I used to play a similar build to this right before the Peregrine Drake menace ruined Pauper. The lack of flash combo-kill like we saw with Drake makes this deck much more playable again.
 

As for win conditions, you’re a little light. You’re going to need to pick together 20 damage by pecking away for 1 and 2 at a time finishing up usually by unloading your excess burn spells. Kaervek's Torch is the typical finisher. It may take you 15 turns, but you will build inevitability.
 

Your weaknesses in this deck are opponent’s threats that don’t line up well with your toolbox. You can’t trade one-for-one with a resolved Gurmag Angler, Atog, or Ulamog's Crusher, so you’ll need to either two-for-one yourself or have saved a counter for the occasion. Likewise you’re going to have a hard time against decks that use alternate win conditions like Hexproof or Mill. Play conservatively as you go, and concentrate on controlling the stack and the board, and you will find yourself more often than not in a position where time and inevitability are on your side.
 

And here’s a third new brew designed to feature new Hour of Devastation standout Firebrand Archer!

New Wave Counter Burn
- 75 Cards Total
Creature
4 Delver of Secrets
4 (Firebrand Archer)
4 Thermo-Alchemist
3 Augur of Bolas
11 cards

Instant
4 Lightning Bolt
4 Needle Drop
3 Brainstorm
4 Thunderous Wrath
2 Miscalculation
2 Prohibit
1 Dispel
2 Staggershock
1 Daze
2 Gush
25 cards
Sorcery
2 Ponder
2 cards
Land
4 Evolving Wilds
2 Ash Barrens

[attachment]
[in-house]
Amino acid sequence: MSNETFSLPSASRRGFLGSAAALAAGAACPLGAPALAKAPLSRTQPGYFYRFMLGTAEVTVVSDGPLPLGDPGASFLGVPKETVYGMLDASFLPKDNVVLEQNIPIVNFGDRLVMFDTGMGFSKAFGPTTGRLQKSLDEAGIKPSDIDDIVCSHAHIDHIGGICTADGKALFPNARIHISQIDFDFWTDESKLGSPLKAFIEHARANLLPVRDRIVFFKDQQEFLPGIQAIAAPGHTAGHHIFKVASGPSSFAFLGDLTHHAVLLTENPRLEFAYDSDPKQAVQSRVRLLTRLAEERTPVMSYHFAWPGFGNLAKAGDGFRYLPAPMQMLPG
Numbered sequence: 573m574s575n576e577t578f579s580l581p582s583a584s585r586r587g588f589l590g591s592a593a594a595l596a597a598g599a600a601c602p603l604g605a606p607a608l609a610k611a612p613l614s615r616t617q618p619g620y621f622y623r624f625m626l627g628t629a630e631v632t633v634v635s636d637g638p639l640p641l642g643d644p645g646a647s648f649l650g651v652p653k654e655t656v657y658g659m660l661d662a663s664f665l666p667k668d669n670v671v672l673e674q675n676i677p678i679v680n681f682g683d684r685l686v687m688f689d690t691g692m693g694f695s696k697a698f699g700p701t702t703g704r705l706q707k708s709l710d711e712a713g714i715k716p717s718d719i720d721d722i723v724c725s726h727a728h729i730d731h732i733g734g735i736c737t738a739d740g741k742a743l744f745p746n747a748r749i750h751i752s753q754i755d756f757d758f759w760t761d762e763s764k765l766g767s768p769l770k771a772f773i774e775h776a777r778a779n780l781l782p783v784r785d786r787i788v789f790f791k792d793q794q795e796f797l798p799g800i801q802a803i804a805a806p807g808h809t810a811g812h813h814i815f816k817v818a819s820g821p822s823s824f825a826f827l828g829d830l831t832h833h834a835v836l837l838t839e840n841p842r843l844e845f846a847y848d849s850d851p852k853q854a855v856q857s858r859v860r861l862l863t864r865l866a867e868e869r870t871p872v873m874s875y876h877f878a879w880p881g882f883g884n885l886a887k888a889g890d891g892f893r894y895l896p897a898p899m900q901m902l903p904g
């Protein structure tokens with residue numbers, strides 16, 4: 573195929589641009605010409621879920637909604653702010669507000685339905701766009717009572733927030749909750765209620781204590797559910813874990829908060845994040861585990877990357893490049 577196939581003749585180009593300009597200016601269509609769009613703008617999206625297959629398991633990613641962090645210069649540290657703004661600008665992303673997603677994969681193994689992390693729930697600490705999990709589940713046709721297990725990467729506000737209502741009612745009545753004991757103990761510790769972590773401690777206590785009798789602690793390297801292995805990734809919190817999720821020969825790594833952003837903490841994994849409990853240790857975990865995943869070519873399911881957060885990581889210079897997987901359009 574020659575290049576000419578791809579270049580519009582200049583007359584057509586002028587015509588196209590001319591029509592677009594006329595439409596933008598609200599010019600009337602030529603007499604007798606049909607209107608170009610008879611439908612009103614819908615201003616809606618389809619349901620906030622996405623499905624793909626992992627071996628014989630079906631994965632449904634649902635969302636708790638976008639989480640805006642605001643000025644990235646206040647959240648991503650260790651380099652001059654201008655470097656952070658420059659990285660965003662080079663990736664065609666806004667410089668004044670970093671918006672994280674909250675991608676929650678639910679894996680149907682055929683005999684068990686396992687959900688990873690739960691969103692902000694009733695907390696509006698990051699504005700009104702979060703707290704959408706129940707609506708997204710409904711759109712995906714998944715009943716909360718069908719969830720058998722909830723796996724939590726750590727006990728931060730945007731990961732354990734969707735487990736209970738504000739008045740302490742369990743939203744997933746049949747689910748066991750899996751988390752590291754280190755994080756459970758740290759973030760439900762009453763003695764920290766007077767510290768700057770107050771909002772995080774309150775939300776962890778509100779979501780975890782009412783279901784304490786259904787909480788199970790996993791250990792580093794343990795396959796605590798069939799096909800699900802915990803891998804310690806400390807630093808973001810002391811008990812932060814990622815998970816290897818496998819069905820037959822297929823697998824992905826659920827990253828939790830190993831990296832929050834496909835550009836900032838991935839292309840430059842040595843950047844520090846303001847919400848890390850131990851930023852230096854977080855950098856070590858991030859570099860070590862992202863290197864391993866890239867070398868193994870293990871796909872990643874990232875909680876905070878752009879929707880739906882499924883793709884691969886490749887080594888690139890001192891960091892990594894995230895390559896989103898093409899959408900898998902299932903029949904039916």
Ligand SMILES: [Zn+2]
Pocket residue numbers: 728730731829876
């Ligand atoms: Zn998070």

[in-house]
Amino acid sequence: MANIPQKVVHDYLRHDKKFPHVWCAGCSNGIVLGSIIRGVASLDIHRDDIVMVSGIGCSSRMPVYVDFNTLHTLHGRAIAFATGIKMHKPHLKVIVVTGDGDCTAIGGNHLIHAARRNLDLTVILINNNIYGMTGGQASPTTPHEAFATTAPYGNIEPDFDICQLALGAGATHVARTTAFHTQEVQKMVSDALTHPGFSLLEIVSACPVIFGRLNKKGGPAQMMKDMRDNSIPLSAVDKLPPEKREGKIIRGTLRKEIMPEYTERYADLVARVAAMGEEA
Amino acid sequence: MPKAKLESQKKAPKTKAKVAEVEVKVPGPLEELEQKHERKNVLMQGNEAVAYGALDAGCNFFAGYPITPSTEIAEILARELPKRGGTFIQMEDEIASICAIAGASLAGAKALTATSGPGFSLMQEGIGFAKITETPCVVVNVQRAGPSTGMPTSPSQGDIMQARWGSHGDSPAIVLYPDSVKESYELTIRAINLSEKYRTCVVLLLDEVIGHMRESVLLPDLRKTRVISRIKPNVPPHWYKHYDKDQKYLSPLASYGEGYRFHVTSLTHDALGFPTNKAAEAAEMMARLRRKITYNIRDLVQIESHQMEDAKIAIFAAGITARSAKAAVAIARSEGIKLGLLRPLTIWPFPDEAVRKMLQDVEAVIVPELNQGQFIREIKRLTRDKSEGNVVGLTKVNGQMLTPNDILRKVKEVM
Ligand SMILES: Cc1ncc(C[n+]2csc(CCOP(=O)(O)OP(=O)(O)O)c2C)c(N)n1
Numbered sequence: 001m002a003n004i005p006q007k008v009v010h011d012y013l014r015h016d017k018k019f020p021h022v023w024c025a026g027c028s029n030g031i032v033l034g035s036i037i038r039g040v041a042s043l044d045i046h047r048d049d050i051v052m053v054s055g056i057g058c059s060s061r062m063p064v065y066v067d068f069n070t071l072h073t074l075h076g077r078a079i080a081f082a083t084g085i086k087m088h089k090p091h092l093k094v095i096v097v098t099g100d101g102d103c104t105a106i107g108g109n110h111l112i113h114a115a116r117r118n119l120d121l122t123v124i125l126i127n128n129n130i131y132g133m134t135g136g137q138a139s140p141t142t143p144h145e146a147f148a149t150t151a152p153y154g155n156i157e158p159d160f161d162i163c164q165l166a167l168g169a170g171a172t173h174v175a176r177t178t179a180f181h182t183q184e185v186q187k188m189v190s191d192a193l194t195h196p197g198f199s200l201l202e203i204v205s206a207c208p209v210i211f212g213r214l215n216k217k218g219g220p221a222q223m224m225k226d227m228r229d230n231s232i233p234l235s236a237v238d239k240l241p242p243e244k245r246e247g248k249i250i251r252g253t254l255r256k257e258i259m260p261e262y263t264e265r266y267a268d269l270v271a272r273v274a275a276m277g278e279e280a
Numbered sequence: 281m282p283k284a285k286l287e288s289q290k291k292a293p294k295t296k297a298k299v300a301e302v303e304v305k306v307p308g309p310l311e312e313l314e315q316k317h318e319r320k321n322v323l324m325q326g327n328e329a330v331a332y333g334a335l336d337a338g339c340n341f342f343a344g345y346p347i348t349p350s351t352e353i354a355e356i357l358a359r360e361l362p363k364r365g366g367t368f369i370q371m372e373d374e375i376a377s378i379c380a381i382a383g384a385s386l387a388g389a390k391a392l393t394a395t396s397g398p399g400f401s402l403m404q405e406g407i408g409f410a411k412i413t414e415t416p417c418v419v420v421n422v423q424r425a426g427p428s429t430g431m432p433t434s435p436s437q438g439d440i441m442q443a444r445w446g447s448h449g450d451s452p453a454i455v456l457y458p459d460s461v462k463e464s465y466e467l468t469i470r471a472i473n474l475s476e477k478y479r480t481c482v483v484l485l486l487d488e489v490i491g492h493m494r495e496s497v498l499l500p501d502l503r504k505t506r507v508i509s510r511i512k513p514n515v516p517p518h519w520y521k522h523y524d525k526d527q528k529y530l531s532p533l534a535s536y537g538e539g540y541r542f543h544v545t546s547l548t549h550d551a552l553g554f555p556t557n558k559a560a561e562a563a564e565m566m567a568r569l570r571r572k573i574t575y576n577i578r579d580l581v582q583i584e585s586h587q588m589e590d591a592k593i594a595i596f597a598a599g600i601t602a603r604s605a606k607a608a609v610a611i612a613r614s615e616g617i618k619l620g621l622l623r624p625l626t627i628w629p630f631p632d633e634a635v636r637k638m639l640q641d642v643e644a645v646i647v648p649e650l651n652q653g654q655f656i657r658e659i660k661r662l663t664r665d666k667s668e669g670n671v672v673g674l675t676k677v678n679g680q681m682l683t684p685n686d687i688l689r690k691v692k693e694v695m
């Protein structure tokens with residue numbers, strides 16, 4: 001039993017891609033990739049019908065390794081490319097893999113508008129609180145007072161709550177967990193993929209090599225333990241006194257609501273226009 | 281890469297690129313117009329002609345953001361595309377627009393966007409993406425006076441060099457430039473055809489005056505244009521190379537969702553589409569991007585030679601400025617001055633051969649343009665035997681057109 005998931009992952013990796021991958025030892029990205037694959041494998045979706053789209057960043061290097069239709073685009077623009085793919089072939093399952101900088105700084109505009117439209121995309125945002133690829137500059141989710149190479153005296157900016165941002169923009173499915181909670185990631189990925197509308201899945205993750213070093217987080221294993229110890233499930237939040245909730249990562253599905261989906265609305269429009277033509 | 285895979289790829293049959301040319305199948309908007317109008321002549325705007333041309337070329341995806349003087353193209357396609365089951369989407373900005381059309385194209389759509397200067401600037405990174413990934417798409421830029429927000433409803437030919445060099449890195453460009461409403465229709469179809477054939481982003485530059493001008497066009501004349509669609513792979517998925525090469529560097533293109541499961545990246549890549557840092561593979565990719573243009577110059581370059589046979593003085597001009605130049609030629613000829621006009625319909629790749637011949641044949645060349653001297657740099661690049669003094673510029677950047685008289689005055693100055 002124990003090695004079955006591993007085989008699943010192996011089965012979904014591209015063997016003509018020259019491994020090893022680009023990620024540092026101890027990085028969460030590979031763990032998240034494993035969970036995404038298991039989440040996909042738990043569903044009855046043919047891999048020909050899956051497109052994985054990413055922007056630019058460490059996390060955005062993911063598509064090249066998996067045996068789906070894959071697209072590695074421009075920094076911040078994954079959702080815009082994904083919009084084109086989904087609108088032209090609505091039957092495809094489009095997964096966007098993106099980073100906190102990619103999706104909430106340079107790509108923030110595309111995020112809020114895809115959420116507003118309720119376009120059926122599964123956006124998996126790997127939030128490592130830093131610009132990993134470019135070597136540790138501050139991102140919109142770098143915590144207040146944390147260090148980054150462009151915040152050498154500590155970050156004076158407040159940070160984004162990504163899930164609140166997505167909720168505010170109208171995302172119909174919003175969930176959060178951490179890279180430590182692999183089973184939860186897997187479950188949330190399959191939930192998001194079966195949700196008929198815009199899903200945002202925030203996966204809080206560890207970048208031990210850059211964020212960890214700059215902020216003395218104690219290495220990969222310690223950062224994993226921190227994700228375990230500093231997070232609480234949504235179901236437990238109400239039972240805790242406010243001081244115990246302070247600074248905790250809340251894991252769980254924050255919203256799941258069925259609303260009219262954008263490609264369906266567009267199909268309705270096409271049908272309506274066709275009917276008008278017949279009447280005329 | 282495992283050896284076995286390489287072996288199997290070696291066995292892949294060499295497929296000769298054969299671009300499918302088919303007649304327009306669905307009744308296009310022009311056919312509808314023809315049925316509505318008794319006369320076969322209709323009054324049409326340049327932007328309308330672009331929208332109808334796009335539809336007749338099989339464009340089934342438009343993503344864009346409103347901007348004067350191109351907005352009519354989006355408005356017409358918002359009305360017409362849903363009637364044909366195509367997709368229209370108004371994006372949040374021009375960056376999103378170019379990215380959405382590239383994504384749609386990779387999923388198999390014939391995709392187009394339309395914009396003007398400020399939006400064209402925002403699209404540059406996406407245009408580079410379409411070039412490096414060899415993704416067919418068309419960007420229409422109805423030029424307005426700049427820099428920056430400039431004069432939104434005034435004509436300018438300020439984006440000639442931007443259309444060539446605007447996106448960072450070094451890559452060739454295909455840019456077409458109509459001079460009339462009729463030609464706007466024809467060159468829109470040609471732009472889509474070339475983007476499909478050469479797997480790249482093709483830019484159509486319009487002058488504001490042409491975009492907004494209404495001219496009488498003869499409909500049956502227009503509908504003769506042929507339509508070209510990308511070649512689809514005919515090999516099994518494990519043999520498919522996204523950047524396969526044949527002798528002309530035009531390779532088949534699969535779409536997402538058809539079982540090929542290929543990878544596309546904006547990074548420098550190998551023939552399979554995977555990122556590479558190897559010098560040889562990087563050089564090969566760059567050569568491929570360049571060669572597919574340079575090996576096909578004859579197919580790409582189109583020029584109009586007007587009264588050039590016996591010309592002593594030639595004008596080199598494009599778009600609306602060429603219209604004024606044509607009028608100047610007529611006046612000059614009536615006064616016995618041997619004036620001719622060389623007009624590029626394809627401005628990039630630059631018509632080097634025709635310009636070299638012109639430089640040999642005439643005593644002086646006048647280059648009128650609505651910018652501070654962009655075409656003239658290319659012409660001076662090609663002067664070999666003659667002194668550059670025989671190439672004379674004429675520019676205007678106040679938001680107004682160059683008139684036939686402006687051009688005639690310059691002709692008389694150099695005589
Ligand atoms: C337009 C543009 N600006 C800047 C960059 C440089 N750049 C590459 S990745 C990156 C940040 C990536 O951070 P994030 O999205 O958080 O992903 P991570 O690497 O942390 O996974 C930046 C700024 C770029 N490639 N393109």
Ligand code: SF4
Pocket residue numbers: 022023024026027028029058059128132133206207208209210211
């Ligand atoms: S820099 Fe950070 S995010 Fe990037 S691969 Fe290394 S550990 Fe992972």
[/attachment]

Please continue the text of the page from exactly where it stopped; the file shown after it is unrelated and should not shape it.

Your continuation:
6 Mountain
6 Island
18 cards


Sideboard
4 Searing Blaze
2 Molten Rain
1 Lava Dart
2 Hydroblast
4 Pyroblast
2 Curse of the Pierced Heart
15 cards

If you’ve ever played Cube Draft, there is a fun, effective strategy called “Counter Burn” that uses tempo plays to keep a steady pressure on the opponent while not allowing them to make their big plays. This is the idea of this deck. You’re trying to leverage the incidental damage from one or two of your spell-matters creatures while holding a fist full of instants that can be converted for damage or to keep your opponent off balance. 

Some neat plays you can make with this deck include cantripping with Needle Drop for two free damage and a replacement card, combining your card draw with Brainstorm and shuffle effects to tuck away excess lands since you rarely need more than 3 or 4 in play, and stacking your deck to get the most from your four Thunderous Wraths and two Staggershocks.
 

Wrap Up
 

Did you like any of these decks? Did any of you give them a spin in the Pauper League? I always love to hear your feedback. The green / red Ponza deck came from a reader who requested, “Can you feature a green based deck that isn’t about attacking with small creatures?”
 

And if you have any more brew challenges you’d like to see featured, I am happy to take your requests.
 

Keep having fun out there.
 

SteveJeltz

1 Comments

That value town deck looks by deluxeicoff at Mon, 07/17/2017 - 23:04
deluxeicoff's picture
5

That value town deck looks savage!